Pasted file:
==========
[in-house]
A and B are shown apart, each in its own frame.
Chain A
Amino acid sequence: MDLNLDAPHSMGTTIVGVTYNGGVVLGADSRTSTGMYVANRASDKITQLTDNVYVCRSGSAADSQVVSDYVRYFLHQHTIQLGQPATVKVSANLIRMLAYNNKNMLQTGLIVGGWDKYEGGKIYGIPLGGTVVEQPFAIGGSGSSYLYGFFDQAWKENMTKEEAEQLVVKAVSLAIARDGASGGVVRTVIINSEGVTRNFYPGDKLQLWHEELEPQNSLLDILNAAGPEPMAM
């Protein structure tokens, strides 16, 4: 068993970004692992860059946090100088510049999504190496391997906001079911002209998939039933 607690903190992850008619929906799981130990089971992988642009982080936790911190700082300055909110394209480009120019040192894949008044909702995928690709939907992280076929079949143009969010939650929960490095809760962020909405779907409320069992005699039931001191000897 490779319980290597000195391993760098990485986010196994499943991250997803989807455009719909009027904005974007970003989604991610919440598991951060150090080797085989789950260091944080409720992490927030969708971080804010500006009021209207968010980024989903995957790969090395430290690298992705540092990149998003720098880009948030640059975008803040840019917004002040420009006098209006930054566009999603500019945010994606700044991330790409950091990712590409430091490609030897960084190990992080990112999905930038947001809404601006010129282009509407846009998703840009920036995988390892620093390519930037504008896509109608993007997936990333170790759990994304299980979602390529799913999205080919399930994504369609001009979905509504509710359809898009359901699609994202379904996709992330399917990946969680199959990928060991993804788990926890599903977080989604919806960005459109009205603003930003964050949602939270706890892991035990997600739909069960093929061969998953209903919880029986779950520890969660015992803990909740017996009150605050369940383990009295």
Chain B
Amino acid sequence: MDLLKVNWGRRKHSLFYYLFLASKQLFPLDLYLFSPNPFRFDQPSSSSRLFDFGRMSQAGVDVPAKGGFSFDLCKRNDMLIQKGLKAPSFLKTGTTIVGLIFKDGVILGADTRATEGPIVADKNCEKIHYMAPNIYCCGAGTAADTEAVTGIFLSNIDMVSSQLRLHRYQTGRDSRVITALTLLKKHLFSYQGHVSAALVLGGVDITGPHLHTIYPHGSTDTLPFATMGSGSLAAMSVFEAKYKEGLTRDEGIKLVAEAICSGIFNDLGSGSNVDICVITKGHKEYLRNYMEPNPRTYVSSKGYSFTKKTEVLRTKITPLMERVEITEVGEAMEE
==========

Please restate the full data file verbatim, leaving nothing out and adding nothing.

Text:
[in-house]
A and B are shown apart, each in its own frame.
Chain A
Amino acid sequence: MDLNLDAPHSMGTTIVGVTYNGGVVLGADSRTSTGMYVANRASDKITQLTDNVYVCRSGSAADSQVVSDYVRYFLHQHTIQLGQPATVKVSANLIRMLAYNNKNMLQTGLIVGGWDKYEGGKIYGIPLGGTVVEQPFAIGGSGSSYLYGFFDQAWKENMTKEEAEQLVVKAVSLAIARDGASGGVVRTVIINSEGVTRNFYPGDKLQLWHEELEPQNSLLDILNAAGPEPMAM
């Protein structure tokens, strides 16, 4: 068993970004692992860059946090100088510049999504190496391997906001079911002209998939039933 607690903190992850008619929906799981130990089971992988642009982080936790911190700082300055909110394209480009120019040192894949008044909702995928690709939907992280076929079949143009969010939650929960490095809760962020909405779907409320069992005699039931001191000897 490779319980290597000195391993760098990485986010196994499943991250997803989807455009719909009027904005974007970003989604991610919440598991951060150090080797085989789950260091944080409720992490927030969708971080804010500006009021209207968010980024989903995957790969090395430290690298992705540092990149998003720098880009948030640059975008803040840019917004002040420009006098209006930054566009999603500019945010994606700044991330790409950091990712590409430091490609030897960084190990992080990112999905930038947001809404601006010129282009509407846009998703840009920036995988390892620093390519930037504008896509109608993007997936990333170790759990994304299980979602390529799913999205080919399930994504369609001009979905509504509710359809898009359901699609994202379904996709992330399917990946969680199959990928060991993804788990926890599903977080989604919806960005459109009205603003930003964050949602939270706890892991035990997600739909069960093929061969998953209903919880029986779950520890969660015992803990909740017996009150605050369940383990009295």
Chain B
Amino acid sequence: MDLLKVNWGRRKHSLFYYLFLASKQLFPLDLYLFSPNPFRFDQPSSSSRLFDFGRMSQAGVDVPAKGGFSFDLCKRNDMLIQKGLKAPSFLKTGTTIVGLIFKDGVILGADTRATEGPIVADKNCEKIHYMAPNIYCCGAGTAADTEAVTGIFLSNIDMVSSQLRLHRYQTGRDSRVITALTLLKKHLFSYQGHVSAALVLGGVDITGPHLHTIYPHGSTDTLPFATMGSGSLAAMSVFEAKYKEGLTRDEGIKLVAEAICSGIFNDLGSGSNVDICVITKGHKEYLRNYMEPNPRTYVSSKGYSFTKKTEVLRTKITPLMERVEITEVGEAMEE